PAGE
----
4) The reveal of the critic; you know, I think this would be much stronger if the moment the manager sees the clown's customer is the critic is the first time the audience sees it's the critic. In other words, you find visual strategies for keeping her identity masked (to the audience) until that great moment when the manager sees that the clown has been serving her - and then we ALL share his horror! If you show her right away (and right after we've seen her image in the poster) it does sort of feel a bit too convenient. Creating a gap between the poster of the critic and the reveal of the critic will enrich your structure. You could simply identify ways to structure the clown's antics so the identity of the woman is a) not what we're looking at, or b) what we're thinking about.

    5) oh yeah - just occurred to me; when you do the flashback scene, this scene should also show us some of the other entertainers looking as miserable, just so that in the final scenes when we are shown that they've also been given a job in the restaurant, the audience has encountered them previously and makes the connection effortlessly.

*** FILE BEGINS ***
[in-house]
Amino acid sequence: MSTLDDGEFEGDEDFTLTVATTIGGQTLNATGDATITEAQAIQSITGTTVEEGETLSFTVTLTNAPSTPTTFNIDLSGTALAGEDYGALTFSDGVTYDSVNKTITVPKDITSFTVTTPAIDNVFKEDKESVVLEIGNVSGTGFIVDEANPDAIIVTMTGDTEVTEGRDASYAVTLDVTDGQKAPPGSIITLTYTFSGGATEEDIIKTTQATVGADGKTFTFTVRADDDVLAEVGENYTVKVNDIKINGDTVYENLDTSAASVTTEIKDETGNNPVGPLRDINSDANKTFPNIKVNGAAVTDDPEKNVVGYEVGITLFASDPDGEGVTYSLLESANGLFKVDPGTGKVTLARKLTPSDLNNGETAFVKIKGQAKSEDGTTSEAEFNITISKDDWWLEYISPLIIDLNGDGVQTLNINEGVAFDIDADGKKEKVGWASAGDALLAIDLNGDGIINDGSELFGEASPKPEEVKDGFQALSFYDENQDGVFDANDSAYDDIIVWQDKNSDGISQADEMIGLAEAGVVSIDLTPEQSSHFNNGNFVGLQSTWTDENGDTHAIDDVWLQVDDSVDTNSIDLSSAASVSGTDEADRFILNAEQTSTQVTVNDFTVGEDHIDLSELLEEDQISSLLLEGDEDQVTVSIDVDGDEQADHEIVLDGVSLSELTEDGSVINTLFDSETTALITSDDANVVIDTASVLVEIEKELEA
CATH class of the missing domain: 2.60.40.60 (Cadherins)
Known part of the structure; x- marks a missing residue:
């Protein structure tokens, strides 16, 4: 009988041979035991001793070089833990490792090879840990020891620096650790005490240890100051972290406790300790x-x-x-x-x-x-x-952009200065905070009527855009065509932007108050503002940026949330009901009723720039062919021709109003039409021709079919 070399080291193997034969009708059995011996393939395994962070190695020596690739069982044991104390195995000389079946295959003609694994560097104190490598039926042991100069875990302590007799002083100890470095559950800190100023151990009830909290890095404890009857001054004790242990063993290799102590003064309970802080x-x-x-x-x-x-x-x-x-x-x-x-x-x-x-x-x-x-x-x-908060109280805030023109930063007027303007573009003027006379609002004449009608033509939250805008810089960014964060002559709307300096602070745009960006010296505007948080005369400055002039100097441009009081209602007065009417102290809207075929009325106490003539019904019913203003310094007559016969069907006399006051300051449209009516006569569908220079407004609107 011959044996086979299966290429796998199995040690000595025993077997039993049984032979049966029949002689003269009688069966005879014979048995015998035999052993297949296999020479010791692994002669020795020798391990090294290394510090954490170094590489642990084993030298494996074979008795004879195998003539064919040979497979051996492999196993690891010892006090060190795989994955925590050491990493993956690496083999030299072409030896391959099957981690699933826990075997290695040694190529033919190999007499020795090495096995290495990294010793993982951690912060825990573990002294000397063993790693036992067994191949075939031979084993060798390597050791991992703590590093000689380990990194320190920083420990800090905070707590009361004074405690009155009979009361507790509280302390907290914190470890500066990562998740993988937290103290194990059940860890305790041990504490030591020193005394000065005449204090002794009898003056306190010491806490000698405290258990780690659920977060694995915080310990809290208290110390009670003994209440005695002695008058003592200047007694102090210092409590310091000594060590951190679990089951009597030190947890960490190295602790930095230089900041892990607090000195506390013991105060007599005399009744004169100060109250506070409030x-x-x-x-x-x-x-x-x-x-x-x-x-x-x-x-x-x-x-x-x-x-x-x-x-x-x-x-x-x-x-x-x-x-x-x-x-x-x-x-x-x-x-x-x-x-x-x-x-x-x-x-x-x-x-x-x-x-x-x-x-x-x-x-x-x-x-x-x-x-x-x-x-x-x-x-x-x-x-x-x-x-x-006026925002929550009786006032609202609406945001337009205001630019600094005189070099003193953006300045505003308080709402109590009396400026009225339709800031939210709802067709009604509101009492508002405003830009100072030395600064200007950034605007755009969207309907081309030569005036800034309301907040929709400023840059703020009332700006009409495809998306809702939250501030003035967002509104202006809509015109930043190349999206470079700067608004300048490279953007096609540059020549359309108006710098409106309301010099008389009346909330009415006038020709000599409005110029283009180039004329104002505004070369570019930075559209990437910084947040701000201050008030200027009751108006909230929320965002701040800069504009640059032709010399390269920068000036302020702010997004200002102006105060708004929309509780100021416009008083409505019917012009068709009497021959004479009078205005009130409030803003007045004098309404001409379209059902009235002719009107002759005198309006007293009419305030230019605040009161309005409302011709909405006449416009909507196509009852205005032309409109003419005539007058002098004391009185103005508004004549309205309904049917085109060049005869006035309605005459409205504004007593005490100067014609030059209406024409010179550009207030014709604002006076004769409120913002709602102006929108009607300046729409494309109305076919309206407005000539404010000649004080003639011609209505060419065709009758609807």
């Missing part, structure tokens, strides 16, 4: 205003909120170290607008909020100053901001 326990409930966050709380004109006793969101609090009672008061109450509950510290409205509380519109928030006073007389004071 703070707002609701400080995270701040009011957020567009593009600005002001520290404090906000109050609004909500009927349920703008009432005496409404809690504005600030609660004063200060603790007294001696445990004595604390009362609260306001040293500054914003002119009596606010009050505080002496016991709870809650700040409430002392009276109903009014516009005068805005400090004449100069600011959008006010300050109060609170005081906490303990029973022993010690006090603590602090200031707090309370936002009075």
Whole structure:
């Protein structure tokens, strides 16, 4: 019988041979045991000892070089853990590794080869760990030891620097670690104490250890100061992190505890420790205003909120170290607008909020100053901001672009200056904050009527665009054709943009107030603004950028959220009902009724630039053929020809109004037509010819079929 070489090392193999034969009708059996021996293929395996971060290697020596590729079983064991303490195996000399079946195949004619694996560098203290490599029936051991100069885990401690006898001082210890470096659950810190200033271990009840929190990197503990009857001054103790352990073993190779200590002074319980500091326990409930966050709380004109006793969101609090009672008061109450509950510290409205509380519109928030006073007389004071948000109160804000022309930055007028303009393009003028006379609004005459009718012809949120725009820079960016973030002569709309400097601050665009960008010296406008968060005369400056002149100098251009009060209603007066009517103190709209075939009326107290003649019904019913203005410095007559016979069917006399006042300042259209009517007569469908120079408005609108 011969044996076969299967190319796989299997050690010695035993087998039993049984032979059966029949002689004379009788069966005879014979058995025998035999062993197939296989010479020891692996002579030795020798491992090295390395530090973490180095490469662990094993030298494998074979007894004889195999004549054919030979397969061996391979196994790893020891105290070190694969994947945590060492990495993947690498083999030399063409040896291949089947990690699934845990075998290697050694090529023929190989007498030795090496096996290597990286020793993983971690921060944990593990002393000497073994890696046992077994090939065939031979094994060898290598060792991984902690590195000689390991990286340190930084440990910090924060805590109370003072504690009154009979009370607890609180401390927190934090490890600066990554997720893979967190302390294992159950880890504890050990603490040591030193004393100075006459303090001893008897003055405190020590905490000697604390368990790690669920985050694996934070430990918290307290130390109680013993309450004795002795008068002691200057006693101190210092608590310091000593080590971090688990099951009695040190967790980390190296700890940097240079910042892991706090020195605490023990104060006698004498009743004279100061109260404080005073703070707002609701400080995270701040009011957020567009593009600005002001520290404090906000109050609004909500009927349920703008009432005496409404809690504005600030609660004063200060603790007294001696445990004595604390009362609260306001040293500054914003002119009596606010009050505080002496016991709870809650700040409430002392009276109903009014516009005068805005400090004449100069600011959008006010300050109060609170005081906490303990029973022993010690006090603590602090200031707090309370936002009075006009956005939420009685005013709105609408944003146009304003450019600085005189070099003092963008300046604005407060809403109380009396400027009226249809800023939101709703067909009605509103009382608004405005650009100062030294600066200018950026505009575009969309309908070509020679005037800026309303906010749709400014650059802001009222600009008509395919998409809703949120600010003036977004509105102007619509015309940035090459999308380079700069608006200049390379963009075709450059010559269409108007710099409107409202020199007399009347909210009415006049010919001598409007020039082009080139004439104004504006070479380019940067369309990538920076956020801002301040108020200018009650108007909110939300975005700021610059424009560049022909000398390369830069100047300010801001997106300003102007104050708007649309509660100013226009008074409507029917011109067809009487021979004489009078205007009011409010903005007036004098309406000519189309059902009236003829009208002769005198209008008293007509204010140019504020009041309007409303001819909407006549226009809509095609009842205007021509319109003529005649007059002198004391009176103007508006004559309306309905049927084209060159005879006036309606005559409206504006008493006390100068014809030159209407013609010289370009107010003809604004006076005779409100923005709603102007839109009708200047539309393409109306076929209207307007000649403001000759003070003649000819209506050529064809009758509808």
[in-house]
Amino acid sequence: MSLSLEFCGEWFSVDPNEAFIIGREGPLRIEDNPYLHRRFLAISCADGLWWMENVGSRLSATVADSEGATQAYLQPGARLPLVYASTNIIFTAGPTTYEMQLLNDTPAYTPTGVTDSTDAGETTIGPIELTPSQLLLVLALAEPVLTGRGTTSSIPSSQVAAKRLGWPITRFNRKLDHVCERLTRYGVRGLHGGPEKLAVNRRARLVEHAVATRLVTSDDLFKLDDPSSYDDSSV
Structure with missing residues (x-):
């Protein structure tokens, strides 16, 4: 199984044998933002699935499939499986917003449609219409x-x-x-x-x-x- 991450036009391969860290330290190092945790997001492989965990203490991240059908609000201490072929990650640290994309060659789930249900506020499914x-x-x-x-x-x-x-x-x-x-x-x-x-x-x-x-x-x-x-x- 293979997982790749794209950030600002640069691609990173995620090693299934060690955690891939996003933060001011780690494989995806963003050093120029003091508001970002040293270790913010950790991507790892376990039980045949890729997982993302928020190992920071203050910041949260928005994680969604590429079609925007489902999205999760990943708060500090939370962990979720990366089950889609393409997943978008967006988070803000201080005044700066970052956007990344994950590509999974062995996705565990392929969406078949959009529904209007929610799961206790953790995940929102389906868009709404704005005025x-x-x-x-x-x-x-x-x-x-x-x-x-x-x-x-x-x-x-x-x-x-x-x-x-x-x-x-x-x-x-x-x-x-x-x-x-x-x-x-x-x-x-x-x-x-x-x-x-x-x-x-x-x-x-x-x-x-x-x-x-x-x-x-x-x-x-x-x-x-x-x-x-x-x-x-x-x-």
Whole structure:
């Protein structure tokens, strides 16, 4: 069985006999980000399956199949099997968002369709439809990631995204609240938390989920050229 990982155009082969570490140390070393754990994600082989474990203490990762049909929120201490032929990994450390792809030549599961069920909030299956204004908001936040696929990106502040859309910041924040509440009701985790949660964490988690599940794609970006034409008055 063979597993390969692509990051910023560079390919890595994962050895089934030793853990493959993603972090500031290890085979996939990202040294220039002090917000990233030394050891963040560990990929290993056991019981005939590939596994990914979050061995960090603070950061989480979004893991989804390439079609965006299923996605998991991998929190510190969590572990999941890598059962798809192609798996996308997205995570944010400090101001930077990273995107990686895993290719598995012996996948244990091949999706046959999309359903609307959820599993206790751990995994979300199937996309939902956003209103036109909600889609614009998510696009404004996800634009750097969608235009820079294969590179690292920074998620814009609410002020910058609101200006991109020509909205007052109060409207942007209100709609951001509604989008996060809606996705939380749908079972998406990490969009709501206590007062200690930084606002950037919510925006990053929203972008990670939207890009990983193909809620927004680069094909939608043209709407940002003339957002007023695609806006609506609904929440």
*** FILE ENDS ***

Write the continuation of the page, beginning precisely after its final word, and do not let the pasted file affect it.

2. 6) You need a pithier title, Emily - something punnier or funnier or clever - and something that would look good on a cinema poster!

    7) Music & SFX; it does seem as if you've got some nice opportunities to use circusy music as an accompaniment to the clown's serving antics - or wild west themed riffs? SFX often get last-minuted on this project, because students underestimate their importance, but I'd like to see you really thinking about your sound design - and getting some related posts up on your blog asap - especially as music can 'tell' you something you didn't know about the timing of a scene or of a cut. I suggest you get to the animatic stage as quickly as possible now, so you can really begin to see how your story is coming together.

    1. Hey Phil, thanks for all the feedback. :D